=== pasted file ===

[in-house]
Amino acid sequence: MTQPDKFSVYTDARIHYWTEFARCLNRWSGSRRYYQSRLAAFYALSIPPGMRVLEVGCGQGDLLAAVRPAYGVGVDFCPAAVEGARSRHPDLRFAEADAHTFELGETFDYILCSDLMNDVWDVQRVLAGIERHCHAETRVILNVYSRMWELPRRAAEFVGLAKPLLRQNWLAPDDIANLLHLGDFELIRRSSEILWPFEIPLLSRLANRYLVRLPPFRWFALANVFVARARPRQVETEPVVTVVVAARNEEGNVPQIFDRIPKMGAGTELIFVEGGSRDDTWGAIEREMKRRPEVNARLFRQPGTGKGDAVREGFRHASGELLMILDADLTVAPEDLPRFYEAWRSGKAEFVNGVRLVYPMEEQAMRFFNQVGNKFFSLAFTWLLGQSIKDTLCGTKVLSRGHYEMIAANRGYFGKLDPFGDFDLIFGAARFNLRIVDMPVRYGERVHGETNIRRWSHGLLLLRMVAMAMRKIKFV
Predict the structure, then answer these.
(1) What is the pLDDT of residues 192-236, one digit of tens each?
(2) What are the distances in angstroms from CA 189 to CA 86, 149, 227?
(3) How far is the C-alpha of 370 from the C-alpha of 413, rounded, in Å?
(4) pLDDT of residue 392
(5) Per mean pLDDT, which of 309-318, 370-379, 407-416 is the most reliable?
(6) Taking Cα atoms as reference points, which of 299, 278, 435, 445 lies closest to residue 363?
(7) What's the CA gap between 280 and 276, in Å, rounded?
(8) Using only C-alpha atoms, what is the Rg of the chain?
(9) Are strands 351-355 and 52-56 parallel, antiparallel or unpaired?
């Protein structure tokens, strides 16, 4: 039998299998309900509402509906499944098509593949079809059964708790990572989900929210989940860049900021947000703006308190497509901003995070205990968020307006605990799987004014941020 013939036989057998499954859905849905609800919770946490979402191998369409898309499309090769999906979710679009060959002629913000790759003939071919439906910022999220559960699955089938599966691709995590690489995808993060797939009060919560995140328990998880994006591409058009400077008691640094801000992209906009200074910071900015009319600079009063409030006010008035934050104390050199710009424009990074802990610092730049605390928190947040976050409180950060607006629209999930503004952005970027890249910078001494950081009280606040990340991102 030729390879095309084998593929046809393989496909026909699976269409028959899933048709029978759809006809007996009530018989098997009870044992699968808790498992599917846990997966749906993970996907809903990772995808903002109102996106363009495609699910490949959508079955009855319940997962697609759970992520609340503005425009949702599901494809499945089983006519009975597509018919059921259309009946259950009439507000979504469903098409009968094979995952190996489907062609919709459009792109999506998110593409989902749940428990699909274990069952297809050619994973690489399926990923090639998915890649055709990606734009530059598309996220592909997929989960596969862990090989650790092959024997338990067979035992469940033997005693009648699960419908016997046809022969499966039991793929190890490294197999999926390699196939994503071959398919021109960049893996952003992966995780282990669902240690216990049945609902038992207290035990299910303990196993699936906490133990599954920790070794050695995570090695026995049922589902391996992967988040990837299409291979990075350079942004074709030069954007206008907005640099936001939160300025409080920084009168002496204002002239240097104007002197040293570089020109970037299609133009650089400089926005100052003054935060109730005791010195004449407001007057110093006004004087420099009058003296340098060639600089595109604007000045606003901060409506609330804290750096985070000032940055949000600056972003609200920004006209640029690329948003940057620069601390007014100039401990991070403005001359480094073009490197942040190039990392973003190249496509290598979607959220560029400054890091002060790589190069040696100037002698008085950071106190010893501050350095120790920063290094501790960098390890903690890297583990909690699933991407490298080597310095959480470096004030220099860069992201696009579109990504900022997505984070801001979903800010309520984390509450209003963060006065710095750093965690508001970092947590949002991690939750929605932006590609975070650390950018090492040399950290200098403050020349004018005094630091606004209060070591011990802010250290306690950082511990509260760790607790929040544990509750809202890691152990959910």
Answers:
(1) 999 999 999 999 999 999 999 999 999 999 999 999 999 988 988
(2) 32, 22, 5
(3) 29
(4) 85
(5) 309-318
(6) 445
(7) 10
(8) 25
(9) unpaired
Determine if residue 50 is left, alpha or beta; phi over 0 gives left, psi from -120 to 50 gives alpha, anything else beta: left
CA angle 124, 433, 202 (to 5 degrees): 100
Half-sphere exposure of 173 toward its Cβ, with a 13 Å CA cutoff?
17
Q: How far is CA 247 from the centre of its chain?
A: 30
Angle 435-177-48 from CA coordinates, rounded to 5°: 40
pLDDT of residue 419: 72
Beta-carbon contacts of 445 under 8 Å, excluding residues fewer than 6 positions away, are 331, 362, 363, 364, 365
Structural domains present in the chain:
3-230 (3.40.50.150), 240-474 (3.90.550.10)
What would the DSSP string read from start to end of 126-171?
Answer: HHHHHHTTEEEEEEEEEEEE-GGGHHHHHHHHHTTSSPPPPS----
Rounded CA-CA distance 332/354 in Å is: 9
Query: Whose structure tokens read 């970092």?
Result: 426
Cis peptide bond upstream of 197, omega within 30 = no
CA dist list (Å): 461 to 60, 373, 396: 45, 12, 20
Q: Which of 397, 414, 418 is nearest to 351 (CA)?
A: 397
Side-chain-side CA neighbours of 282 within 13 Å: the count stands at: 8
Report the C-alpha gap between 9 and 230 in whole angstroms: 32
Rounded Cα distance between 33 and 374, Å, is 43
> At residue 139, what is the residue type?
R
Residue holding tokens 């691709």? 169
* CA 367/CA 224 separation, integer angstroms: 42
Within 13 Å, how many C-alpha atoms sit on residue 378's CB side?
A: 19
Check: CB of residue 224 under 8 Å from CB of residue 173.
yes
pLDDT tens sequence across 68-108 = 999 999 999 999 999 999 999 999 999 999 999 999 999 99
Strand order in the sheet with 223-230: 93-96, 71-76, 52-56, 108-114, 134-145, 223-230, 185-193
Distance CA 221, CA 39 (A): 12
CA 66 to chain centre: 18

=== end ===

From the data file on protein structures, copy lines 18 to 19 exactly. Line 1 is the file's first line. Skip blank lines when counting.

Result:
(4) 85
(5) 309-318